Cashless stores are becoming controversial.
Stores that do not accept cash are on the rise, from quick-service lunch spots to Amazon’s physical stores. Not accepting cash can speed up lines or eliminate them altogether, making life easier for card-carrying consumers.
Not everybody is on board with this cashless utopia, however. Backlash has started, as the cashless trend leaves out lower-income customers who may not have a bank account. As of last year, an estimated 15.6 million people in the US do not have a bank account.
Philadelphia barred stores from choosing not to accept cash in early March, becoming the first US city to do so.
“Most of the people who don’t have credit tend to be lower income, minority, immigrants. It just seemed to me, if not intentional, at least a form of discrimination,” Philadelphia City Councilman William Greenlee told the Wall Street Journal.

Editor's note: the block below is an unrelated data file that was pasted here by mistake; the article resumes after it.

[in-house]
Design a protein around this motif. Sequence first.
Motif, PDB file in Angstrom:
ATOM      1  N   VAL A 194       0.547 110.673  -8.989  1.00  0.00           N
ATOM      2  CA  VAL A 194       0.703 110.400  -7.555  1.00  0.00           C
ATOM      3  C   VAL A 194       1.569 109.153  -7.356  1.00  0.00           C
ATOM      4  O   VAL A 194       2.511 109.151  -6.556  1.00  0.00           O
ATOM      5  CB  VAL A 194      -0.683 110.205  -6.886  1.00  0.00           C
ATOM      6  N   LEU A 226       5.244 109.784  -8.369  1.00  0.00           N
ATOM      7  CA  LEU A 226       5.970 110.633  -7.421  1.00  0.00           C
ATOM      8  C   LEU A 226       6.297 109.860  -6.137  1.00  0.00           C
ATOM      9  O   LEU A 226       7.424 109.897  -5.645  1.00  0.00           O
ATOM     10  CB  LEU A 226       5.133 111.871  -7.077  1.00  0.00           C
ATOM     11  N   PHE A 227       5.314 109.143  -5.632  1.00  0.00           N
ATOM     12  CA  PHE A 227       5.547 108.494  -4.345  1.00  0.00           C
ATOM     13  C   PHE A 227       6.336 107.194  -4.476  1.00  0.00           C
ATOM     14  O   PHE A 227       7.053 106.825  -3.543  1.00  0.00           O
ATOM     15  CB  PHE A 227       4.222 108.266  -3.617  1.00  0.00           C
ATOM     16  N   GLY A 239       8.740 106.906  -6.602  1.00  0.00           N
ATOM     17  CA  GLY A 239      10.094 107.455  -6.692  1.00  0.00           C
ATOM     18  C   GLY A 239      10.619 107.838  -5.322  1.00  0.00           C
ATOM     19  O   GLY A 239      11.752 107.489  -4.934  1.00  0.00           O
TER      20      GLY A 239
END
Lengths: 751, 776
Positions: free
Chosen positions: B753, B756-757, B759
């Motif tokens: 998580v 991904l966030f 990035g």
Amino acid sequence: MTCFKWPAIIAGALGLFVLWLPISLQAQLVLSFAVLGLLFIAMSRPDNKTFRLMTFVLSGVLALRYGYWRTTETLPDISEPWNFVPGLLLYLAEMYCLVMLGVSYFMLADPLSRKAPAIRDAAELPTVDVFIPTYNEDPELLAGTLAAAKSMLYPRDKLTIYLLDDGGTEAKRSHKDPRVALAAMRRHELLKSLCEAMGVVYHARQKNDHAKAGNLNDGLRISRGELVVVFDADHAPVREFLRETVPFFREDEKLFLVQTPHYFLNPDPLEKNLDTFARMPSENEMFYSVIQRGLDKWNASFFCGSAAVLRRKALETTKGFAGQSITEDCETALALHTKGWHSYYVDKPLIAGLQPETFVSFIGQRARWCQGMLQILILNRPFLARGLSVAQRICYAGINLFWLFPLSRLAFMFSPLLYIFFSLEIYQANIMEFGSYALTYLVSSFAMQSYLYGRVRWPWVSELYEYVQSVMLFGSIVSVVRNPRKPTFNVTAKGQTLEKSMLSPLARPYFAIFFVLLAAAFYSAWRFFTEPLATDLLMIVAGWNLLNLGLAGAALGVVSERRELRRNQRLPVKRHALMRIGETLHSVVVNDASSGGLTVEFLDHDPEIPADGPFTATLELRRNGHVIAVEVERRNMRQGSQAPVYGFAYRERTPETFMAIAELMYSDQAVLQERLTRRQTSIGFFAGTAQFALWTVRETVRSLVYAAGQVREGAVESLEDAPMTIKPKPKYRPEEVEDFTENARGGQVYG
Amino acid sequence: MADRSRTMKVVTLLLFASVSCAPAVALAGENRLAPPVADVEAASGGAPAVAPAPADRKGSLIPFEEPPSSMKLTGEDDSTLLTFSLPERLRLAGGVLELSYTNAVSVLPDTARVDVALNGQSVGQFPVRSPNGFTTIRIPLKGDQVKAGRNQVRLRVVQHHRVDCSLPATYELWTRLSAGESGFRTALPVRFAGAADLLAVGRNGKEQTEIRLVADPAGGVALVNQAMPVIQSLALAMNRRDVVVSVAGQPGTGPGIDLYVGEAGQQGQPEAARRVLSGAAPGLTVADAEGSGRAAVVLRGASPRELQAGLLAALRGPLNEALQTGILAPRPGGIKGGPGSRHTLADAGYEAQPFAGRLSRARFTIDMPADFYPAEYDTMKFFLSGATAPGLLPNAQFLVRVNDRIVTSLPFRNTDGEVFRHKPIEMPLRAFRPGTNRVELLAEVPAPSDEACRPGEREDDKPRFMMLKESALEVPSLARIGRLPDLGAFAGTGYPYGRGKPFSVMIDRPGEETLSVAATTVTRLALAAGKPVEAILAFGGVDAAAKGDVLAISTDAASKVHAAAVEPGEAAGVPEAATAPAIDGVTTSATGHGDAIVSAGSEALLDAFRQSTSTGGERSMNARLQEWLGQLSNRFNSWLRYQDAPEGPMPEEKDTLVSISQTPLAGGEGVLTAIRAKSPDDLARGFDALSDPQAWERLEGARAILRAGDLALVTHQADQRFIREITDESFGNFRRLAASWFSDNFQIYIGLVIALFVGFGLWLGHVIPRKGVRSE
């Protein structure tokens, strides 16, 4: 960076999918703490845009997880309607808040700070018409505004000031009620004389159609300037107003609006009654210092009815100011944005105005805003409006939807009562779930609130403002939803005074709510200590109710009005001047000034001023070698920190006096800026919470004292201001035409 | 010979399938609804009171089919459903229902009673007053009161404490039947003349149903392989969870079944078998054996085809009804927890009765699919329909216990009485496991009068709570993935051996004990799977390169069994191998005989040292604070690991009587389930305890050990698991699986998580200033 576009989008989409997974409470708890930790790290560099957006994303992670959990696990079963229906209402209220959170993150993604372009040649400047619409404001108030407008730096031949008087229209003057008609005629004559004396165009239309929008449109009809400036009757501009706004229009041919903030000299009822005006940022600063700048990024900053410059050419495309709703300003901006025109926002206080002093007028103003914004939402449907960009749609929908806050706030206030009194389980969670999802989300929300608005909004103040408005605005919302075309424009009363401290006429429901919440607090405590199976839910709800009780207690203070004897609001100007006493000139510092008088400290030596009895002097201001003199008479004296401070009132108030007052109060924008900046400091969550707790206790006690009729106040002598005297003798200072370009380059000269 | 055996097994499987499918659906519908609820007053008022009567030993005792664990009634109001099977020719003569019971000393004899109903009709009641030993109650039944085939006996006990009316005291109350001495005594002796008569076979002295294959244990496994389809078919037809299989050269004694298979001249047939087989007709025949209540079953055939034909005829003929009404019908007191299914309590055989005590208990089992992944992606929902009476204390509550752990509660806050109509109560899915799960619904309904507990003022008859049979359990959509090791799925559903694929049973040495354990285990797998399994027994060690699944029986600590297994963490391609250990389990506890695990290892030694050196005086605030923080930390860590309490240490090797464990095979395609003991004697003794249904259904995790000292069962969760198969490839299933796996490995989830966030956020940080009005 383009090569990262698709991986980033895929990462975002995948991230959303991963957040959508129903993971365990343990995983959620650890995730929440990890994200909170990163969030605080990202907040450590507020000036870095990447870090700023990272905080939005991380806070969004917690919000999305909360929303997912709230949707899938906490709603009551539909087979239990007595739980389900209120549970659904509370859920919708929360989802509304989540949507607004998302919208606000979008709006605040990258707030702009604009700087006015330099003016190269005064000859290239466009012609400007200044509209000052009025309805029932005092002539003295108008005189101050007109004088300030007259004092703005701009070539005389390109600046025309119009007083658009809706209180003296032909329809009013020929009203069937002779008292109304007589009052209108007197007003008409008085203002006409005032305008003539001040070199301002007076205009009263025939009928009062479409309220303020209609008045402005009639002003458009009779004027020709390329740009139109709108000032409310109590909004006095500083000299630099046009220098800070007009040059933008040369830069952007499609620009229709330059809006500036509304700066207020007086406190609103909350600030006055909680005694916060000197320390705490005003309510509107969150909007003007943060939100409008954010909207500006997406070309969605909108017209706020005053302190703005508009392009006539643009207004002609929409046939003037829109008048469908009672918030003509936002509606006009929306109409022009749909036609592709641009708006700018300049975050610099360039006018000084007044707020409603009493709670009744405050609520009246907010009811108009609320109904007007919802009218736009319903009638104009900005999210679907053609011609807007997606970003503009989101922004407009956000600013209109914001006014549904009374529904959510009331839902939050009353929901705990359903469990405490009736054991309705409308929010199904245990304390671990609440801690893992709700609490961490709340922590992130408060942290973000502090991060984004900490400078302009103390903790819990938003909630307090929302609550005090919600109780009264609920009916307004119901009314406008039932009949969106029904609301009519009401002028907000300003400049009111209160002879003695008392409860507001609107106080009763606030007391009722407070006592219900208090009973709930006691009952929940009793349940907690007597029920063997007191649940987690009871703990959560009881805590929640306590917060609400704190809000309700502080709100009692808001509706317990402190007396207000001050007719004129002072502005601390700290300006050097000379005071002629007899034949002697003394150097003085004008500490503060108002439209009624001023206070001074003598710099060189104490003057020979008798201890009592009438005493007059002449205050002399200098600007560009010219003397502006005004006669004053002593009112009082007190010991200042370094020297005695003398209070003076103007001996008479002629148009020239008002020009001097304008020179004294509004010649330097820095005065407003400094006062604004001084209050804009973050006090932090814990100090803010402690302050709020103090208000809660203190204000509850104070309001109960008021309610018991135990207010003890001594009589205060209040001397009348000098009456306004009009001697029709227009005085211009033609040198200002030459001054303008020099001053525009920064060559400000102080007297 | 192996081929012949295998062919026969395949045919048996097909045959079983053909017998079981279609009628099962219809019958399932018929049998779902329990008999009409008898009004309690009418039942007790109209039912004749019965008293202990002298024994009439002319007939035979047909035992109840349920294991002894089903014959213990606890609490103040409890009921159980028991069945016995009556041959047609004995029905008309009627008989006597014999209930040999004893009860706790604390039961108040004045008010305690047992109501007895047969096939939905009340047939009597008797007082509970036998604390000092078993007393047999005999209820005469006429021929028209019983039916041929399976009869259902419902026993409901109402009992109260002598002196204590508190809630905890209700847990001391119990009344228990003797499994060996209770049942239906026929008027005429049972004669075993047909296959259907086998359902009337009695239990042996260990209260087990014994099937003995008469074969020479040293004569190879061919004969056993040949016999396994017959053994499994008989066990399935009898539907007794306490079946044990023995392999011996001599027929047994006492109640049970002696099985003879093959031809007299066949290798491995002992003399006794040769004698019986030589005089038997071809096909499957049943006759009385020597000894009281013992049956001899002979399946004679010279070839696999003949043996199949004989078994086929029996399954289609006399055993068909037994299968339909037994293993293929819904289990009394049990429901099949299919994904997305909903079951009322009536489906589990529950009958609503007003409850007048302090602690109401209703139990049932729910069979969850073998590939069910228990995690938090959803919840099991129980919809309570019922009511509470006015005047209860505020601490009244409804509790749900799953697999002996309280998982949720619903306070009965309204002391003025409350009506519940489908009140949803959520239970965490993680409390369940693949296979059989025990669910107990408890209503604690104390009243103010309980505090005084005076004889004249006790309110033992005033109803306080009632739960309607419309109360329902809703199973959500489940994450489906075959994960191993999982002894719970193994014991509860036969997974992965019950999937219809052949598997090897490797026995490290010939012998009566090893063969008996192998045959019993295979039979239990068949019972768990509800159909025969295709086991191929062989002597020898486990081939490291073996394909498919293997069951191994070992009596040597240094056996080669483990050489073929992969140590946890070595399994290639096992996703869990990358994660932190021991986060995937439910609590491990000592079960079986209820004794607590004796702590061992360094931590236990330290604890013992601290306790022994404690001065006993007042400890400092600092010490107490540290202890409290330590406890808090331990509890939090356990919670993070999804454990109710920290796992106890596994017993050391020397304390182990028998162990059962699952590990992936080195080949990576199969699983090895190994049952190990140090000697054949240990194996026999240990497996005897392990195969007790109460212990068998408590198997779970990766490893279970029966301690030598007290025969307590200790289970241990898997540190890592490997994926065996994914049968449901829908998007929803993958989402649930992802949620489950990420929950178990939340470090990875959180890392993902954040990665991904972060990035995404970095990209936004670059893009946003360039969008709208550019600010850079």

New Jersey later followed with its own measure, which Governor Phil Murphy signed into law on March 18.
“This idea of ‘we don’t want to accept cash’ just marginalizes the poor, young people who haven’t established credit yet, people who prefer to pay in cash,” Assemblyman Paul Moriarty, a sponsor of the bill, told WNYC.
Massachusetts is something of a first mover on this issue, having barred stores from rejecting cash as payment for decades.
A ban like this would predominantly affect chic lunch spots like Sweetgreen, but also Amazon’s nascent physical store footprint. None of Amazon’s stores accept cash unless required by law.